Something that really sets the X12 apart from other headsets is its Talkback feature, which transmits your voice back to you when you talk into the mic. The effect isn't pronounced enough to become bothersome, however it was still somewhat hard for us to get used to hearing our own voice as we chatted with others. We eventually grew to appreciate the added clarity that this feature added to our conversations, helping us to correct ourselves when we were mumbling sentences incoherently.

At $60, the X12 is priced just cheaply enough for us to forgive its lack of any surround sound. That added immersion will cost you $80 in the form of the Turtle Beach DSS2 7.1 Dolby Surround Sound Processor. The processor delivers 360˚ audio from auxiliary and analog inputs through an optical connection while under USB power. You can adjust the surround sound angles and play with the equalizer presets, but this is a rather expensive add-on considering its limited options. We were extremely impressed by the 5.1 virtual surround sound produced by the Plantronics Gamecom 780, a much more comfortable headset that can be had for the same price of $80.



If you are an explosions junkie, you will be happy to know that Turtle Beach has sized up the drivers on the X12s to a respectable 50mm to deliver a healthy dose of bass. A small amount of distortion at high volumes made us less inclined to crank these cans on a regular basis, but the performance is very respectable for a $60 headset.


The chat performance of the X12's is superb. Not only do the voices of everyone in the party come through crystal clear, the Talkback feature of the X12 allows you to hear your own voice above the action. Independent mic and game volume dials located on the control unit give you fine control over your listening experience.

Connecting the X12 to an Xbox 360 requires a grand total of 7 connections to be made between the headset itself, console, controller, and television. Once everything is in order however, you can be up and fragging faster than you can say 'double kill.' Switching over to Mac or PC is as simple as plugging in the mic and audio line out plugs, however the control unit will still need USB power in order to function.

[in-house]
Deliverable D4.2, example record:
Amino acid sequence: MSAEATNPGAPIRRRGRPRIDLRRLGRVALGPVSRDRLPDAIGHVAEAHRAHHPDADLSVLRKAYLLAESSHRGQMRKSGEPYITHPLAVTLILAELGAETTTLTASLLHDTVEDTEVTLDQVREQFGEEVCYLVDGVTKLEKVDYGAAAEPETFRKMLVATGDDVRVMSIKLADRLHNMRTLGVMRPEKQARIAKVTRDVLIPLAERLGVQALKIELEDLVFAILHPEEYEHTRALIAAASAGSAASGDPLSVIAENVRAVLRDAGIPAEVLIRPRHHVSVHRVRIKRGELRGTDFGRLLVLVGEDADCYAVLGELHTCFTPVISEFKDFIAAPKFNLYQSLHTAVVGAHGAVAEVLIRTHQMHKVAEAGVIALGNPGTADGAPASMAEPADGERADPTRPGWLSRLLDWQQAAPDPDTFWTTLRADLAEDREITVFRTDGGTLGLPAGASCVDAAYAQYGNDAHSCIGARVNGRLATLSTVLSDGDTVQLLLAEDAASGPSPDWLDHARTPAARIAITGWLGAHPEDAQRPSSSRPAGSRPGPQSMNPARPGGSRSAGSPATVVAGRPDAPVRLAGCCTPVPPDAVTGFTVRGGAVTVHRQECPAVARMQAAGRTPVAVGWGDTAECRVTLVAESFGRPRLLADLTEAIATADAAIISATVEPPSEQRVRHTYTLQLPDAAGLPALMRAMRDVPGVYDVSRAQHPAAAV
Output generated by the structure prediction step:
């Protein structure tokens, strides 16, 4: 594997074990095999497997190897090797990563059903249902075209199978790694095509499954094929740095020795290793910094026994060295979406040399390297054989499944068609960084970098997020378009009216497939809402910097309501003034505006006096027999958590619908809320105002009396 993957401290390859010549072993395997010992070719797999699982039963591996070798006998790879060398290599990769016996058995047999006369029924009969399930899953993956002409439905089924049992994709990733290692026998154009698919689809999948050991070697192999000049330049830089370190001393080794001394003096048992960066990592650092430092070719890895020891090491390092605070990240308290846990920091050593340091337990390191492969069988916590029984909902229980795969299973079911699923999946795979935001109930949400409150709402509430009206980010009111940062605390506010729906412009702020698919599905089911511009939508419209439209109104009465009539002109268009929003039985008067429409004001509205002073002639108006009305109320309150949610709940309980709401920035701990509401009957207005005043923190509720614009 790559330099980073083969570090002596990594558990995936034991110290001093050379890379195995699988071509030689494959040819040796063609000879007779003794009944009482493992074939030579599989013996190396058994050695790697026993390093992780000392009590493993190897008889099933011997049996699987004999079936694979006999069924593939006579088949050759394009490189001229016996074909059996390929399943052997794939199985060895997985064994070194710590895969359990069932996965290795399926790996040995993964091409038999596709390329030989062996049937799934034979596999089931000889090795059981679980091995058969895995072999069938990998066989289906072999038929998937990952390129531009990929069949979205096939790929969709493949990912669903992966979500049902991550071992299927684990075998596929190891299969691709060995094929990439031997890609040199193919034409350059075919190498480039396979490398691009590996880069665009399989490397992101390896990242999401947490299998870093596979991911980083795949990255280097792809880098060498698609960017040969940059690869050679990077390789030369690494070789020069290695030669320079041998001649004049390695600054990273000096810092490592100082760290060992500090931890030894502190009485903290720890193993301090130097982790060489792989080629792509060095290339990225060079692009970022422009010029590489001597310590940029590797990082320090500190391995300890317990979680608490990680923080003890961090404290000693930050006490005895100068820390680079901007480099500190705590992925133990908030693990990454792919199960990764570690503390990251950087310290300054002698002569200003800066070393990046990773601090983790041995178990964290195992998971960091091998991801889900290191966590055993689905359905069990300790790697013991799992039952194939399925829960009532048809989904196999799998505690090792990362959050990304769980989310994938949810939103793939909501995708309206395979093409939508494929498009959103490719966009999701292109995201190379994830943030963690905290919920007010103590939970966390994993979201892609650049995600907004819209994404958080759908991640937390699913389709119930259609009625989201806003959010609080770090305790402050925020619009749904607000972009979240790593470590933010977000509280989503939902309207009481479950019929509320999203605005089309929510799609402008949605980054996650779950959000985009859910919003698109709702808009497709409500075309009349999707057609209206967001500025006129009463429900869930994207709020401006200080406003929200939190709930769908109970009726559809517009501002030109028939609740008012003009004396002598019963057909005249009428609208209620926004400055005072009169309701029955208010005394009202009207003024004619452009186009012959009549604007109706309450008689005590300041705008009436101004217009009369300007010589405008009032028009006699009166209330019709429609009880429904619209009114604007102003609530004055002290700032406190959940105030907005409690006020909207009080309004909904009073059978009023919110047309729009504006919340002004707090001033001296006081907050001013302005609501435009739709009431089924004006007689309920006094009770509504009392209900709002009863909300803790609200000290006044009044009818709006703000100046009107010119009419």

Final Thoughts


We keep seeing a growing number of headset manufacturers refreshing their product lines with models that have bigger drivers, more connectivity options, and better durability, and the Turtle Beach Ear Force X12 is no exception. It offers even more bang for the buck than its predecessor. Although we believe the simple volume controls present on the X12 could be relocated to the ear cups, this modification would most likely add quite a bit of bulk to a relatively low-profile headset. Xbox gamers will have no problem justifying the purchase of this headset, as its performance is head and shoulders above Microsoft's offering. Picking up the X12 to use with a PC is slightly less compelling, but these cans are a fantastic buy at $60 and should easily satisfy your craving for full sound, chunky bass, and crystal clear VOIP calls. Granted, the headset is devoid of any surround sound capabilities out of the box, but the purchase of Turtle Beach's Ear Force 7.1 DSS2 system can quickly change that if money is no object. If you're looking to give your PC/Xbox cross-platform gaming experience an upgrade, look no further.


The Good

The Bad

  • Excellent chat performance
  • Slim profile
  • Improved durability
  • Large number of connections required for Xbox usage
  • Pricey surround sound upgrade


Did we miss something or have you found any inaccuracies?  Suggestions and corrections can be sent by commenting below or the "Contact" button at the top of the page.  Your feedback helps us improve!

You have no rights to post comments